When I first decided that how a wine is grown mattered to me as much as whether I enjoy the taste, I wished I had a handy reference that laid out all the environmentally friendly practices, certifications and wineries. Instead, I spent months reading books and websites, interviewing experts, tracking down certified or practicing producers, touring vineyards and wineries and poring over retail shelves. (See Green Revolutionaries.)
Washington wine writer, educator and sommelier Shannon Borg wanted the same thing when she started her journey, so she curated her own personal introduction to the topic, focusing on the U.S. West Coast. The result is a nice stocking stuffer of a book for eco-minded foodies who want to learn more about wine or for wine lovers who've decided it's time to know more about sustainable, organic and biodynamic winegrowing.
The Green Vine does much of the work for you, explaining the requirements behind the different certification labels, from international and national standards to regional programs that target unique local needs, such as Napa Green, Oregon-based Salmon Safe and Vinea in Washington. More than half the book is devoted to highlighting some 200 wineries in Northern California, Oregon, Washington and even British Columbia and Idaho for diversity—just a sampling, but plenty to occupy lovers of New World wines through a tasting exploration of the categories. The recommended wines to try are generally solid choices.
Borg brings an accessible style to a complex topic, starting with concise overviews of terroir, vineyard techniques (such as cover crops, natural predators and dry farming) and winery practices, including additives, energy use and packaging choices. She is an enthusiastic guide; if occasionally prone to adopting the language ("Frankenwine", "manipulated") of "natural" wine advocates, she also takes time to discuss the debates over greenwashing and certain aspects of biodynamics.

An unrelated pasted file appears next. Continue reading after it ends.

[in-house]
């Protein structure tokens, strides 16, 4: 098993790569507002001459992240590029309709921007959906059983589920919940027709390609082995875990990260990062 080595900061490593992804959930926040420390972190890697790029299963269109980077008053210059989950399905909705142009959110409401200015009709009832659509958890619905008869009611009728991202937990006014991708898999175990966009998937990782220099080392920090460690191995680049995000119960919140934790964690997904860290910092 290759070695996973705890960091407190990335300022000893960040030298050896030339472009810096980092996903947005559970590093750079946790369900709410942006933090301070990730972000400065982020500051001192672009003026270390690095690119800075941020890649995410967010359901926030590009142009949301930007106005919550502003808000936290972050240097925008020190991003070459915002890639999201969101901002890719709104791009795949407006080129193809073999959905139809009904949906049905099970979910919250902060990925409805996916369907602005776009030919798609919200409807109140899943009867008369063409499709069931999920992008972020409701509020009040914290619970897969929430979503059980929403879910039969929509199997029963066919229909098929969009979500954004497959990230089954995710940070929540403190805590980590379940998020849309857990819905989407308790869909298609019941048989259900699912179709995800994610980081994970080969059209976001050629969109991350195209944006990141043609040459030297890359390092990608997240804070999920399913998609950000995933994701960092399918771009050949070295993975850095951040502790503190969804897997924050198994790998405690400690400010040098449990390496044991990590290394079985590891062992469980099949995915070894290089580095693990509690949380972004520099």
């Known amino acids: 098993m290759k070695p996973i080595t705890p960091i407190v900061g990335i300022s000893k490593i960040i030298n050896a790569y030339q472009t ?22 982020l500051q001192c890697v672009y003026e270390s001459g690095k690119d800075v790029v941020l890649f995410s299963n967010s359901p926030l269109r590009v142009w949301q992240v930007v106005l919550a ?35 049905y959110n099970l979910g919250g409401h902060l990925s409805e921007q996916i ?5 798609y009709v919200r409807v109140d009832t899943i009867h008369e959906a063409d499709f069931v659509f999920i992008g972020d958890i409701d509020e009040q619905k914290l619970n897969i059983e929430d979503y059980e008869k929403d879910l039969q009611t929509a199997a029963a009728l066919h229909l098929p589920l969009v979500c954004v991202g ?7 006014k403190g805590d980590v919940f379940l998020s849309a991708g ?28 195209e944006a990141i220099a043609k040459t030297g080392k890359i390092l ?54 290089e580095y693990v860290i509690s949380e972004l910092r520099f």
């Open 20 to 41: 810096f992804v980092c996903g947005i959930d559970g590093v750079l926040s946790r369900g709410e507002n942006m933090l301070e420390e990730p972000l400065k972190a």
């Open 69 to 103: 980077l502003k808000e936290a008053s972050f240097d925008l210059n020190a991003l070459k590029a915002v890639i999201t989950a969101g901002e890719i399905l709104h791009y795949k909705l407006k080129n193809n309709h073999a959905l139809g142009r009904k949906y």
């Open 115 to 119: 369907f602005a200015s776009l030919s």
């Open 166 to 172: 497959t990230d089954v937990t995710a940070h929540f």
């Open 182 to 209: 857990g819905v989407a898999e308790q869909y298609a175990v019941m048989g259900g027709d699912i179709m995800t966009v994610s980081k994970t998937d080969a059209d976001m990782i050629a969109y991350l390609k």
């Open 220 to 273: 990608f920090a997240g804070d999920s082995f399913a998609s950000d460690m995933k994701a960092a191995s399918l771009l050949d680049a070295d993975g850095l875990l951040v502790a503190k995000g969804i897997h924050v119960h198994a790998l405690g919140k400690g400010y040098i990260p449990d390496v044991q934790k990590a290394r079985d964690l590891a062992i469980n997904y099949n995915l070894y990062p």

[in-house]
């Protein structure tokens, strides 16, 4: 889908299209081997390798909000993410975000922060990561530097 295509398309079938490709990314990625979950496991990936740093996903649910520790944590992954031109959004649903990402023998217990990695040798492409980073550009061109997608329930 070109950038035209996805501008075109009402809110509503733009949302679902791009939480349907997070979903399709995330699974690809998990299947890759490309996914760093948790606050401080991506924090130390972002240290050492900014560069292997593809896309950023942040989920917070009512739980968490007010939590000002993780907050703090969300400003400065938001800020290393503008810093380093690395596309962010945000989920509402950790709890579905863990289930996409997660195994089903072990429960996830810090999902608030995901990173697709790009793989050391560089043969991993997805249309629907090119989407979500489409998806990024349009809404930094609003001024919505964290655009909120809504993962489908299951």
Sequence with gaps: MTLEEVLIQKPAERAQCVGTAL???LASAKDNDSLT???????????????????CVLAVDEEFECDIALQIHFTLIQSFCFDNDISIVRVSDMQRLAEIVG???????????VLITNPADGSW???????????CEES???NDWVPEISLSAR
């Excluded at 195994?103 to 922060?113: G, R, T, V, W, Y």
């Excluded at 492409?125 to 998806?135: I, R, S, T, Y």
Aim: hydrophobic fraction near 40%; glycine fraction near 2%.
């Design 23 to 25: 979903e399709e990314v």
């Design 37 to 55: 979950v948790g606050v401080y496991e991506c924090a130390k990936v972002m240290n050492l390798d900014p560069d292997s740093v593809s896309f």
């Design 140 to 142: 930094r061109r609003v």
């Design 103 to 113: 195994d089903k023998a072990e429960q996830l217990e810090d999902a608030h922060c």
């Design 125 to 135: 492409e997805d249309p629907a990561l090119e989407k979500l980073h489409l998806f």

There are a few lapses. Oddly, the book leaves out the California Central Coast's Sustainability in Practice (SIP) program, which originated in 1996, yet includes Bee Friendly Farming, with only one winery. Amid the detailed explanation of all the labeling and sulfites variations in the National Organic Program, I didn't see mention of a key detail—that it takes three years without synthetic inputs before the certification can be earned.
And the problem with a book format, which Borg acknowledges in her introduction, is that it can go quickly out of date. That happened here on a few items, from missing the recent change in ownership at Araujo Estate to the Oregon Wine Board winding down its Oregon Certified Sustainable Wine certification.
But those are minor quibbles in an effort that clearly reflects a passion for learning and the dedication to compile the information so that others may start their own ongoing education.
The Green Vine: A Guide to West Coast Sustainable, Organic and Biodynamic Wines, Shannon Borg (Skipstone / Mountaineers Books, $17, 192 pages)
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